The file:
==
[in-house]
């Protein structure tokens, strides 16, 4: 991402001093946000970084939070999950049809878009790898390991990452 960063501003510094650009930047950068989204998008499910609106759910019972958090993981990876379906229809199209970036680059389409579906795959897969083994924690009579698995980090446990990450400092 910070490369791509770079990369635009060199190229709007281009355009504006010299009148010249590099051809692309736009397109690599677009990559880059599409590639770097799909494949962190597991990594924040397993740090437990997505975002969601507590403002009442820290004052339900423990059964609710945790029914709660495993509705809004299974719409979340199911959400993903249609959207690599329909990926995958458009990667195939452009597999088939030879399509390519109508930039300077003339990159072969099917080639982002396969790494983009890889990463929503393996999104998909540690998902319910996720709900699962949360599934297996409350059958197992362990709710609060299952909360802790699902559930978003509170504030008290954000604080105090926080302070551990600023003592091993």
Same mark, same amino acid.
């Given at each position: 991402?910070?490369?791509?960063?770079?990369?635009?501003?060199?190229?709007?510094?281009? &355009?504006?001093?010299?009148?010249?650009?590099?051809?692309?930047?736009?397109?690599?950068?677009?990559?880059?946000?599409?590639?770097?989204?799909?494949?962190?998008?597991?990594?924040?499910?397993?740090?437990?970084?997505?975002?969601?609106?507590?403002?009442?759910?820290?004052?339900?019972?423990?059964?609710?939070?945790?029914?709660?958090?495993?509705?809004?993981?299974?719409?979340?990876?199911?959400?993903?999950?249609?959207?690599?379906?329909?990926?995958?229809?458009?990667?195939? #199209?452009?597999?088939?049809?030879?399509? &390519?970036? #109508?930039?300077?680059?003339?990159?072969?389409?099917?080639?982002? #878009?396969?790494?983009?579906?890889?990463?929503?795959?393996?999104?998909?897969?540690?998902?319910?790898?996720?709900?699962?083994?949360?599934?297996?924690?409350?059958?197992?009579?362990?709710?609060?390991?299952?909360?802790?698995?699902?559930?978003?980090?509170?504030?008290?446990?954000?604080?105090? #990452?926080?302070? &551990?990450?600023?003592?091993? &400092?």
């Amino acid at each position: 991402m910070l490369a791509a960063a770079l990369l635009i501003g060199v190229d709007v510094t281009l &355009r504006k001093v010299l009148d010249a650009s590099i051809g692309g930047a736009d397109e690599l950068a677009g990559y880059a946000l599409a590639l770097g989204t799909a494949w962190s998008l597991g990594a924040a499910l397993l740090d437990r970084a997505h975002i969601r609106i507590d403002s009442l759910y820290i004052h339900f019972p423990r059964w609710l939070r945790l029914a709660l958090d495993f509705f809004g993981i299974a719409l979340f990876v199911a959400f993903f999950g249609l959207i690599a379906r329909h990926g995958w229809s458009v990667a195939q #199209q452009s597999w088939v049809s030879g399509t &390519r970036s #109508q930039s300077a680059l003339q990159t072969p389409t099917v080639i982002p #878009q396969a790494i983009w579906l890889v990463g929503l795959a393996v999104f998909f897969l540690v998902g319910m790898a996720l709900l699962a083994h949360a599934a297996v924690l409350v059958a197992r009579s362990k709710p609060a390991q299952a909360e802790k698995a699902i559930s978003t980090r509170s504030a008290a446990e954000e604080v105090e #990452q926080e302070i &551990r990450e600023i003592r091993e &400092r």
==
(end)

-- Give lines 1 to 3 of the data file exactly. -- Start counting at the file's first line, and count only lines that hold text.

[in-house]
């Protein structure tokens, strides 16, 4: 991402001093946000970084939070999950049809878009790898390991990452 960063501003510094650009930047950068989204998008499910609106759910019972958090993981990876379906229809199209970036680059389409579906795959897969083994924690009579698995980090446990990450400092 910070490369791509770079990369635009060199190229709007281009355009504006010299009148010249590099051809692309736009397109690599677009990559880059599409590639770097799909494949962190597991990594924040397993740090437990997505975002969601507590403002009442820290004052339900423990059964609710945790029914709660495993509705809004299974719409979340199911959400993903249609959207690599329909990926995958458009990667195939452009597999088939030879399509390519109508930039300077003339990159072969099917080639982002396969790494983009890889990463929503393996999104998909540690998902319910996720709900699962949360599934297996409350059958197992362990709710609060299952909360802790699902559930978003509170504030008290954000604080105090926080302070551990600023003592091993």
Same mark, same amino acid.